One group was given coconut oil topically applied twice daily without massage. In order to create comparisons, both groups were monitored for trans-epedermal water loss (TEWL) every 12 hours. After seven days of applying coconut oil to the test group, swabs were taken from all infants’ outer bodies to determine and compare skin quality and bacterial levels.
The researchers discovered the coconut oil treated infants had significantly lower TEWL than the group that was not treated topically with coconut oil. Those coconut oil treated newborn infants were without skin bacterial colonization and displayed an overall better quality of skin than the untreated group.
Not many westerners will have the opportunity to apply coconut oil to their newborns unless they do home birthing with a competent midwife assisting. But we can all benefit from coconut oil’s hydrating, antioxidant, and antiseptic properties for our skin, well beyond what commercial cosmetic lotions and creams actually offer.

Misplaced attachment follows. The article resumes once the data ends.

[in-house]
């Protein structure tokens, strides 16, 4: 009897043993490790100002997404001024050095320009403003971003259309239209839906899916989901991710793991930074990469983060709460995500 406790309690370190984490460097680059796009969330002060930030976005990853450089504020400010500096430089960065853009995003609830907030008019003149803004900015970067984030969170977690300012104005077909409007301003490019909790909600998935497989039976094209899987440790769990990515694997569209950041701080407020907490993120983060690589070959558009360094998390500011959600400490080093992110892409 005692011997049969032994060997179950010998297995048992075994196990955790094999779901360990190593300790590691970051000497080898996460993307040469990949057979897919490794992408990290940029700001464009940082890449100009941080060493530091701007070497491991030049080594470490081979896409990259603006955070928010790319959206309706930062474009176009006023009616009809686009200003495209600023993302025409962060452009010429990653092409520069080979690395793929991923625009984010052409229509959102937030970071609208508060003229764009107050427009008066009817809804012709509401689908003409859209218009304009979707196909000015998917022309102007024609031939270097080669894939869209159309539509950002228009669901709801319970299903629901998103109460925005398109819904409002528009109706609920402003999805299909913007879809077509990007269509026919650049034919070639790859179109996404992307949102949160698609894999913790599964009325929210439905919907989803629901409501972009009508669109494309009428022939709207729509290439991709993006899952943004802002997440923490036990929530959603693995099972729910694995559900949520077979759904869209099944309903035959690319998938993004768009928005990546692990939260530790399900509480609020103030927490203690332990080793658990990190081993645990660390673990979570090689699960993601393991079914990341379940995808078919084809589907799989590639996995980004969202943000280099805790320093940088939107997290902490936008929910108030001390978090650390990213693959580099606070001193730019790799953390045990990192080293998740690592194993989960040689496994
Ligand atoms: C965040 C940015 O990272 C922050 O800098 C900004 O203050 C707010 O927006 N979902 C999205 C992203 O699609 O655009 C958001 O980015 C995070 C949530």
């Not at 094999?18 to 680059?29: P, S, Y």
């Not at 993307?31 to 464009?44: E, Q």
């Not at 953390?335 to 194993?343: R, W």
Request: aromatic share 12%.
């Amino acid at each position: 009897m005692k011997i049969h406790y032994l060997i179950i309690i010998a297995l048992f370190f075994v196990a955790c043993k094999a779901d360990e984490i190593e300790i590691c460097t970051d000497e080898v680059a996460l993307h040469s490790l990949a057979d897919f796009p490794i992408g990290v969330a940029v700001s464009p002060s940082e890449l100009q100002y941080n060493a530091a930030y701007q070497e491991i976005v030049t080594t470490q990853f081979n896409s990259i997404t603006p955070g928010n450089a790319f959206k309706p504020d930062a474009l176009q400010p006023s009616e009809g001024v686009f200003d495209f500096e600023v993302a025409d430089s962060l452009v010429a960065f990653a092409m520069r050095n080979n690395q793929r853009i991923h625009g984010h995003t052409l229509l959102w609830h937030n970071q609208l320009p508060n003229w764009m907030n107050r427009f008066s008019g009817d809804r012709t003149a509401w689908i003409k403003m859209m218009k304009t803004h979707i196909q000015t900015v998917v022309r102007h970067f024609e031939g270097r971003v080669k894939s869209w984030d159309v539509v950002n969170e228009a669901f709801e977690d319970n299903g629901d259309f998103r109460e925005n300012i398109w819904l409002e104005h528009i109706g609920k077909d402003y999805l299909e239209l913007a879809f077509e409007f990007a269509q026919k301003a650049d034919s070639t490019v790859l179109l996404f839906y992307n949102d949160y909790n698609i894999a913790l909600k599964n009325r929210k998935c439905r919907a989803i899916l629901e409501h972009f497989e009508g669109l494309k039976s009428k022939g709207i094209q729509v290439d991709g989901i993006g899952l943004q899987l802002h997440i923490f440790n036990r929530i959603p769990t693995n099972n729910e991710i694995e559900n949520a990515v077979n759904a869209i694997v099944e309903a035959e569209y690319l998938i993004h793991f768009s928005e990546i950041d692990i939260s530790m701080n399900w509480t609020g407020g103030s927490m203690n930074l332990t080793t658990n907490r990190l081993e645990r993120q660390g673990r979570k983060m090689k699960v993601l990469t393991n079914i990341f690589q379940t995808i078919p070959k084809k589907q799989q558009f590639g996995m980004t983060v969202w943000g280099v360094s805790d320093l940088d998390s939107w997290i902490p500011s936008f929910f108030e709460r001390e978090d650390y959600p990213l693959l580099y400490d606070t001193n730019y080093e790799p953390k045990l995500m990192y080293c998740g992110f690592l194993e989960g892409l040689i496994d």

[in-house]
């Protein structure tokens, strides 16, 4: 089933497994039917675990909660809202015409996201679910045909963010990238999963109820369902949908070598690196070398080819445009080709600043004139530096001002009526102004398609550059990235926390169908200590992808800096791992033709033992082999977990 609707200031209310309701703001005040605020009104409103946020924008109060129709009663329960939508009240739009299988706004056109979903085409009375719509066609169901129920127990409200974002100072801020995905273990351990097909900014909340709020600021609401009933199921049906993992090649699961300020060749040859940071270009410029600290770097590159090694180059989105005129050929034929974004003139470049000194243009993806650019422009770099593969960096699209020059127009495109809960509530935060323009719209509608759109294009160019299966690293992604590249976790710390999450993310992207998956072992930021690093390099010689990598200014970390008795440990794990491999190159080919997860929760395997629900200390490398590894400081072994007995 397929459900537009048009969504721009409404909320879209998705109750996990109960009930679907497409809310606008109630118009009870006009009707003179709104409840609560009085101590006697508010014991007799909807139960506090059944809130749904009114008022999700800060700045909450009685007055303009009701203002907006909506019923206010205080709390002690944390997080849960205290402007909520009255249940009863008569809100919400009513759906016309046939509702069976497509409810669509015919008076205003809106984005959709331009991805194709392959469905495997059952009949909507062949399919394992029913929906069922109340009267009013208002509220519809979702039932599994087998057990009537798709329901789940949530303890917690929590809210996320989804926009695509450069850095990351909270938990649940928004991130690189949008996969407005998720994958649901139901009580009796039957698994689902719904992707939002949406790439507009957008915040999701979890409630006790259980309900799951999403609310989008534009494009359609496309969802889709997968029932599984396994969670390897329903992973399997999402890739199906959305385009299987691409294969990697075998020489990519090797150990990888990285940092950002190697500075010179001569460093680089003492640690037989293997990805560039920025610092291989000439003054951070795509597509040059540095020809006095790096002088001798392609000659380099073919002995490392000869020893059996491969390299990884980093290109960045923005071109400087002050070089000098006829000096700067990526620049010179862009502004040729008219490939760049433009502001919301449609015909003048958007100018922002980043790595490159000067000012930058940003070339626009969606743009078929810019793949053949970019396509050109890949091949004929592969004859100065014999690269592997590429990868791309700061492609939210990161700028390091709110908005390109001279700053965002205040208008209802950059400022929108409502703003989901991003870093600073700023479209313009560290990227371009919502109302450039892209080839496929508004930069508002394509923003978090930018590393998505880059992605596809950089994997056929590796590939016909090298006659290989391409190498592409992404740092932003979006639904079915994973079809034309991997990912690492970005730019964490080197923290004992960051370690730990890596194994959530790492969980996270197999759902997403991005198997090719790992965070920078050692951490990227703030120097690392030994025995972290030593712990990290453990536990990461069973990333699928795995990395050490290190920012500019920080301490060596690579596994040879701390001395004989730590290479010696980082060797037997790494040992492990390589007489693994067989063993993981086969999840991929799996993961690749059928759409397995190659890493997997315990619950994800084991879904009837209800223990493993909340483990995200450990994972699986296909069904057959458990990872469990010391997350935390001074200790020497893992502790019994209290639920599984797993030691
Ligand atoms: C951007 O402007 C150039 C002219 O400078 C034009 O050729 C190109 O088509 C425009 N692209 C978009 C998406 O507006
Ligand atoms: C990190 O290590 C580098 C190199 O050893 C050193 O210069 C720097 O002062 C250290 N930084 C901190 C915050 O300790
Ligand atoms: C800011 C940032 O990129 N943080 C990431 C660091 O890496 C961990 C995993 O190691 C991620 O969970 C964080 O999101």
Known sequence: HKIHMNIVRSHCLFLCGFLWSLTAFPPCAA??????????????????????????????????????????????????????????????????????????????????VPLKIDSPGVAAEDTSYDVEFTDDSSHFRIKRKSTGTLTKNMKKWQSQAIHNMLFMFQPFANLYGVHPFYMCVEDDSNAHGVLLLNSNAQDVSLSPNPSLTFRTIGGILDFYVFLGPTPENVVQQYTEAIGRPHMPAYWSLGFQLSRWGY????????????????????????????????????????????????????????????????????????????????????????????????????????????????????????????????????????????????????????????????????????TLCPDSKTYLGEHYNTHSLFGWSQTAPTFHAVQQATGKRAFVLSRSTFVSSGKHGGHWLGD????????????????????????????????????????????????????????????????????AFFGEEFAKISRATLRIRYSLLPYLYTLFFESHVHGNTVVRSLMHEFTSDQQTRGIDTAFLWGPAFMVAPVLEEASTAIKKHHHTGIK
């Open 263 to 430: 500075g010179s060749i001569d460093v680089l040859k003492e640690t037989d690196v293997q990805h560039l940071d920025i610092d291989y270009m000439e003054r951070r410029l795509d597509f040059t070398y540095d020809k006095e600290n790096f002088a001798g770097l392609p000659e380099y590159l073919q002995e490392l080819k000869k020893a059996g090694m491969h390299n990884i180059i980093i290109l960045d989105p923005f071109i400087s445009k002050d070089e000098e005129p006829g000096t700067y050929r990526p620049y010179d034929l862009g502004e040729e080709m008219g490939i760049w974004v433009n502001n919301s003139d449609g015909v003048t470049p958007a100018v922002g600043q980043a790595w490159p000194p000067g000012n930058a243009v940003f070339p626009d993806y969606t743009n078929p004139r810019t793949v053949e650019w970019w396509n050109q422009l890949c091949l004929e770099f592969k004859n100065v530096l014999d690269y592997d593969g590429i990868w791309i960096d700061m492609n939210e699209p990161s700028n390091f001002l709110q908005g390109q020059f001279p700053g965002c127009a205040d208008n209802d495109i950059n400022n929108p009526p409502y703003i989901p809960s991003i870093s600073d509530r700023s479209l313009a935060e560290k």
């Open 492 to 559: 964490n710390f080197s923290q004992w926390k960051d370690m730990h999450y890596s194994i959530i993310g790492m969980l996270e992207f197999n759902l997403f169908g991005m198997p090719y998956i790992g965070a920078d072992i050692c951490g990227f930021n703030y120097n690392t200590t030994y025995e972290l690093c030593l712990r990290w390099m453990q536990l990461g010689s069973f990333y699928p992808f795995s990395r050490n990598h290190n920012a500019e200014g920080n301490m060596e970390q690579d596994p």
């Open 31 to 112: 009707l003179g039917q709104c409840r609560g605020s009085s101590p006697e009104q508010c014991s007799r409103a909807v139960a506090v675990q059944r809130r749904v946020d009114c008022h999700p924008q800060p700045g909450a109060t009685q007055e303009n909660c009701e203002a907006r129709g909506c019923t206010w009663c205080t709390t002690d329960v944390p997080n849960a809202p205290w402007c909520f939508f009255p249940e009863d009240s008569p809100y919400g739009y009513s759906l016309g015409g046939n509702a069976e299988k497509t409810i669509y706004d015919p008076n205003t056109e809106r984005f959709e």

What’s Special About Coconut Oil?
Coconut oil is a saturated fat with medium chain triglycerides (MCT), which makes coconut oil less likely to oxidize and turn rancid like poly-unsaturated oils used for commercial skin lotions and creams. This also minimizes free radical damage to epidermal skin cells.
The MCT quality is what enables dementia victims to improve with a daily ingestion of coconut oil. You may have heard or read about dramatic results from Alzheimer’s patients who ingested coconut oil daily. The liver easily processes MCTs into energy without storing them as fat to create ketones.